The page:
posted by mikepop at 12:35 PM on September 12, 2011

If this is the last step before making an offer, get an offer contingent on satisfactory verification of your degrees (I feel like they want to do a heck of a lot broader background check and just aren't saying so). If they need to do more interviewing or whatever before getting to that pint, then let's do that and when it's time they can make a contingent offer.

This gives me some red flags though - if you know they company well then you can verify they're legit (like it's Apple or something and you know that this head of HR really works there, at the actual company). But you just shouldn't need an SSN to verify degrees, and why refuse the offer for official transcripts? If they're lying about a broader background check, which gut says they are, it gives me a bad feeling.
posted by mrs. taters at 12:36 PM on September 12, 2011

i've never heard of having my educational credentials verified, let alone by social security number. this sounds shady to me.
posted by violetk at 12:36 PM on September 12, 2011

I had to verify my educational credentials last year for my employer.

The process I had to go through was to call my Alma Mater, and explain that my employer needed proof that I indeed graduated with a BA. They got the name and contact info of the employer, and took it from there. My employer didn't need to contact them directly, nor did my school need my SSN. DOB and name was sufficient.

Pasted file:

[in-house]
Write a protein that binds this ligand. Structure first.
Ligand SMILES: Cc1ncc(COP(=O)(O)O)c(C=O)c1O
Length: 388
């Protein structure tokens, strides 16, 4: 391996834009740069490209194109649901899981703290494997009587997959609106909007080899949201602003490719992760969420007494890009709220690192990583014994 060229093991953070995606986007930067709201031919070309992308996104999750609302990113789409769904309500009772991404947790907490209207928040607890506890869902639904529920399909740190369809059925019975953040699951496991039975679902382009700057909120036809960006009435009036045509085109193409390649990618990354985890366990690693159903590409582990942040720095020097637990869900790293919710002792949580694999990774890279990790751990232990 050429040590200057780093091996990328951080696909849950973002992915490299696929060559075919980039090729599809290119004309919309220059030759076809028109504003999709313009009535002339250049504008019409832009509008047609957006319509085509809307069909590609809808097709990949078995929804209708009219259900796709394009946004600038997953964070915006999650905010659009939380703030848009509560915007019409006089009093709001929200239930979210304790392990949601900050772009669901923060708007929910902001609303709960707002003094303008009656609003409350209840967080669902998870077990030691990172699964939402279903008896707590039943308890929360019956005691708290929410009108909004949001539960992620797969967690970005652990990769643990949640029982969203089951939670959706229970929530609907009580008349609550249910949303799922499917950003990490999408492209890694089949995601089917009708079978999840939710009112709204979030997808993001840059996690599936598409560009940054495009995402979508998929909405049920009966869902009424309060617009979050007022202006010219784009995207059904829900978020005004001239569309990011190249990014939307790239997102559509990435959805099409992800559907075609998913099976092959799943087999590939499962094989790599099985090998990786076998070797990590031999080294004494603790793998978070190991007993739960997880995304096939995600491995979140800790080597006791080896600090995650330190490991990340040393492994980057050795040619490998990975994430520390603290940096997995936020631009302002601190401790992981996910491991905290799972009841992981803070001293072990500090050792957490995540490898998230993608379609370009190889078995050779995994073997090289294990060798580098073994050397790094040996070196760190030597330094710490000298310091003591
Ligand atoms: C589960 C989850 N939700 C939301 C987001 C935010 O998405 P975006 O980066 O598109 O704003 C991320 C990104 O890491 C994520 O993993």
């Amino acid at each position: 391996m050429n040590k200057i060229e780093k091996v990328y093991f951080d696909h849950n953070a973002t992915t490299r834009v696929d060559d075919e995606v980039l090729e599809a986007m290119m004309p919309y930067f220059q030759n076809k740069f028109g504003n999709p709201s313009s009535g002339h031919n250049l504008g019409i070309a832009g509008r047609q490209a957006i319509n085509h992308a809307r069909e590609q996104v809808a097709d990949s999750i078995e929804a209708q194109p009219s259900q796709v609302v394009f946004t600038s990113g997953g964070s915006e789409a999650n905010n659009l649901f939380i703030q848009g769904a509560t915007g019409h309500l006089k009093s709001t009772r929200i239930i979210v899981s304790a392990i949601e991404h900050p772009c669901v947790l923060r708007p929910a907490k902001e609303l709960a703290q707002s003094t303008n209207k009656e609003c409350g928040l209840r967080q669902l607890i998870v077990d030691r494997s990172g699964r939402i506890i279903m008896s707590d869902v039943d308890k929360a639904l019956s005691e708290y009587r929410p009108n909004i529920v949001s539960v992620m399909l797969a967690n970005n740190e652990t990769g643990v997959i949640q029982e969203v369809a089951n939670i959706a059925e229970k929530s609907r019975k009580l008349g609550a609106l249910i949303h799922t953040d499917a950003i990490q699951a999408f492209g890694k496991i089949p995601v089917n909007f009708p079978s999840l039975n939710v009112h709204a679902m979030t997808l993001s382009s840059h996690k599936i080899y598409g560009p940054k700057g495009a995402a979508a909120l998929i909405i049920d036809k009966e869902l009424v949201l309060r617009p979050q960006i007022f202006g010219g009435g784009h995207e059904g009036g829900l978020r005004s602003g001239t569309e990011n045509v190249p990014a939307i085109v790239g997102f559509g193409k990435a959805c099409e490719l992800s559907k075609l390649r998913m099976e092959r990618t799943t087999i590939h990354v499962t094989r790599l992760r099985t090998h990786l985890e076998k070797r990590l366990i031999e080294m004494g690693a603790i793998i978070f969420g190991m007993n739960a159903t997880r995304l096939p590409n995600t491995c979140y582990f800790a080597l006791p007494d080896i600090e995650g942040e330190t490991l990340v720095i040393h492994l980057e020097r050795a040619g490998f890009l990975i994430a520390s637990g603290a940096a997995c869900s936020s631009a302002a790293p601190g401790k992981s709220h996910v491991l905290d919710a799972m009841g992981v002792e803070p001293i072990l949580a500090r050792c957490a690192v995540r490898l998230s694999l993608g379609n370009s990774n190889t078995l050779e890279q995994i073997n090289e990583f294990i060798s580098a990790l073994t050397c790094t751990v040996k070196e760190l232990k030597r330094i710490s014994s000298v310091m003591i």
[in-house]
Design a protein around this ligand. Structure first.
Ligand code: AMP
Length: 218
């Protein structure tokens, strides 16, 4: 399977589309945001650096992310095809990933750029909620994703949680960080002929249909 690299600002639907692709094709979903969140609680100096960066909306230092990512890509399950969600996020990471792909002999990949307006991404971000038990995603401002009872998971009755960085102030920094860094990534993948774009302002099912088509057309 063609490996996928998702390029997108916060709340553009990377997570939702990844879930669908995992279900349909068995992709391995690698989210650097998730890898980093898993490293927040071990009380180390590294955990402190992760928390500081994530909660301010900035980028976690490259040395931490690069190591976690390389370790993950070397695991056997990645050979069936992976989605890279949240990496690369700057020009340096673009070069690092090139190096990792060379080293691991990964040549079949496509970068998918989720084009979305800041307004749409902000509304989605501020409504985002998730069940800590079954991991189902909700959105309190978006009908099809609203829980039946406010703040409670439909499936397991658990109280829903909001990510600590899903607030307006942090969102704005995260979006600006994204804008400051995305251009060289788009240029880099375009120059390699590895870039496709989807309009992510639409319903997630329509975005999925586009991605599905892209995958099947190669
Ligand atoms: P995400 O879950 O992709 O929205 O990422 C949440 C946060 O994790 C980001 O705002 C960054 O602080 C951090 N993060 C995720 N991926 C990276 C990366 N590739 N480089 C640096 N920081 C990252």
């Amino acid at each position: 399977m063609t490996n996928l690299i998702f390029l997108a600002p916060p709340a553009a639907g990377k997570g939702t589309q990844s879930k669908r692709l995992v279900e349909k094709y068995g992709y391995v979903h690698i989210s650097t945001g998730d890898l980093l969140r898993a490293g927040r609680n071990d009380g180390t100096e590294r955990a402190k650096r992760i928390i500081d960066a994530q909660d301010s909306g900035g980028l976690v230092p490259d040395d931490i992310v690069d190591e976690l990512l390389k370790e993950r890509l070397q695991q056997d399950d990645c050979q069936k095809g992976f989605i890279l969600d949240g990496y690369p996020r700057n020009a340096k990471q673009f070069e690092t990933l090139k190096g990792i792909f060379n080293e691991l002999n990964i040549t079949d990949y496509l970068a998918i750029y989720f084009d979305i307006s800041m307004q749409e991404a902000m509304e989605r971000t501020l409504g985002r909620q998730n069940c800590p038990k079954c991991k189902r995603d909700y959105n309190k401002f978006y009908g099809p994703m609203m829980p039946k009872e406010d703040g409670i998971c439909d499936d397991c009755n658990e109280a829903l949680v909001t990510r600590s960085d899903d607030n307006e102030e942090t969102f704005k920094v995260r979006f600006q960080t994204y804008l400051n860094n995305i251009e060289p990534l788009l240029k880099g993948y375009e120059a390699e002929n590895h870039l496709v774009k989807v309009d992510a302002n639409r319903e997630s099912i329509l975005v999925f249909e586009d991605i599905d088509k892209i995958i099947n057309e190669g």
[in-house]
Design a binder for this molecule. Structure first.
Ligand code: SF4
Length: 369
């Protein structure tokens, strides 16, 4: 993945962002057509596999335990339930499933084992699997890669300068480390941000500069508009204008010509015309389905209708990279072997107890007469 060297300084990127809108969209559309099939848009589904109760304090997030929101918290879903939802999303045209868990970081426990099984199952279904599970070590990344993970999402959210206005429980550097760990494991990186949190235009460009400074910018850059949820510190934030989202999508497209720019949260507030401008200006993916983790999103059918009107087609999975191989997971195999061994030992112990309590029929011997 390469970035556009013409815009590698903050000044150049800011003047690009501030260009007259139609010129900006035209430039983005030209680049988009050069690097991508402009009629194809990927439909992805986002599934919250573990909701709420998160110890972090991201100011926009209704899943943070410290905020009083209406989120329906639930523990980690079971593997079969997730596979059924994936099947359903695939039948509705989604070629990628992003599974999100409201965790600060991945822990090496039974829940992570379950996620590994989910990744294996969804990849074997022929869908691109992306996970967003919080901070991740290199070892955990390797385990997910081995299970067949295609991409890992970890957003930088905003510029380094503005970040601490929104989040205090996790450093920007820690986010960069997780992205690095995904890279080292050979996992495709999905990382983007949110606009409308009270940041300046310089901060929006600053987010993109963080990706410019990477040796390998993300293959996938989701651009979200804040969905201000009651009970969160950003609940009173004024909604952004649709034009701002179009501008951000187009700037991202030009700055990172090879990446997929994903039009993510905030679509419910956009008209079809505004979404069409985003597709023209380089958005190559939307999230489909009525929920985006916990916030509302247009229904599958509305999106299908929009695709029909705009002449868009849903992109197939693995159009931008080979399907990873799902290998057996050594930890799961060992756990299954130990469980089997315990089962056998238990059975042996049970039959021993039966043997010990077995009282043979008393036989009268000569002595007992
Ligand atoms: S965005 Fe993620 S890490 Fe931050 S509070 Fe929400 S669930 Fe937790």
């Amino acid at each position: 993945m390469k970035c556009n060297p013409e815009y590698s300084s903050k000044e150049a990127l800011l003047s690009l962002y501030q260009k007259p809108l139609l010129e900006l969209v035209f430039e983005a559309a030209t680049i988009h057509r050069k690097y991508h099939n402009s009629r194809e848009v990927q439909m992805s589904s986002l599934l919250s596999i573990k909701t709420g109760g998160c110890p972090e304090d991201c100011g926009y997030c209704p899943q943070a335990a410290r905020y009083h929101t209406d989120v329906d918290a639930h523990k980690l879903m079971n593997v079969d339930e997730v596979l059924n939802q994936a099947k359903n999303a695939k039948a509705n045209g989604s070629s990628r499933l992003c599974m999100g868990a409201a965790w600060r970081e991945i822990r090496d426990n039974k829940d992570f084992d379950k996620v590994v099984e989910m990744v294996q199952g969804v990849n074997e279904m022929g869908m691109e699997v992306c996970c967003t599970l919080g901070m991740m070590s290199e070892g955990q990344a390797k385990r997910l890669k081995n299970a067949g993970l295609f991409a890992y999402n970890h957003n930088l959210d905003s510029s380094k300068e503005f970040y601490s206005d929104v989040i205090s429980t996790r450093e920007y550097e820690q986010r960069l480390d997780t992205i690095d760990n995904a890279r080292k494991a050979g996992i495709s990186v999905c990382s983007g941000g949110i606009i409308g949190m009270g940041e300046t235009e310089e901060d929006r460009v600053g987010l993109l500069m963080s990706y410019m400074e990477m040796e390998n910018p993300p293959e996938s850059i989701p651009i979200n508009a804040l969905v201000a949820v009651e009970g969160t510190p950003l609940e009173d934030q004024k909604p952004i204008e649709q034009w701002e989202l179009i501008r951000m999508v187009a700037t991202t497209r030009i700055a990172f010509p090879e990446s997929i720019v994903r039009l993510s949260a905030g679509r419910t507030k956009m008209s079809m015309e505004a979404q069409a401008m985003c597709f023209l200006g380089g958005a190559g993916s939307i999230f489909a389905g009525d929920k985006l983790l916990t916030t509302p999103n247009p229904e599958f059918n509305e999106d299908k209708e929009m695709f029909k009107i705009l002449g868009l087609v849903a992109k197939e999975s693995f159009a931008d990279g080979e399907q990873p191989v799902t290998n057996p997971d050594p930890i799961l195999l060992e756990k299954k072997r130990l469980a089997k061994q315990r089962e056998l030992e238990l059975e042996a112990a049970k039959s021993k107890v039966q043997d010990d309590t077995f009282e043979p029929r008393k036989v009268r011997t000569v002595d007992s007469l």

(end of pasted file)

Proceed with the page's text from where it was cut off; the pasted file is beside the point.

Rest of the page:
posted by spinifex23 at 12:36 PM on September 12, 2011

Best answer: Recruiter responding here ...

The request for SS# to verify education is not uncommon. It can be necessary to sort out potential duplication. What is unusual is the sequence of the request.

Many employers will extend an offer "contingent upon successful completion of a background check", which can include things like education, credit, references, etc. Such an arrangement demonstrates good faith on the part of the employer, and affords the candidate enough confidence to alert a current boss/supervisor to expect a reference call. In 16 years of doing what I do, I have seen only ONE offer rescinded as a result of findings during the background check.

Moreover, the Fair Credit Reporting Act (FCRA) requires the employer to make a written request for information (i.e., SS#) necessary to complete a background check. Such a request will typically include boilerplate about your rights to request/receive any negative reports.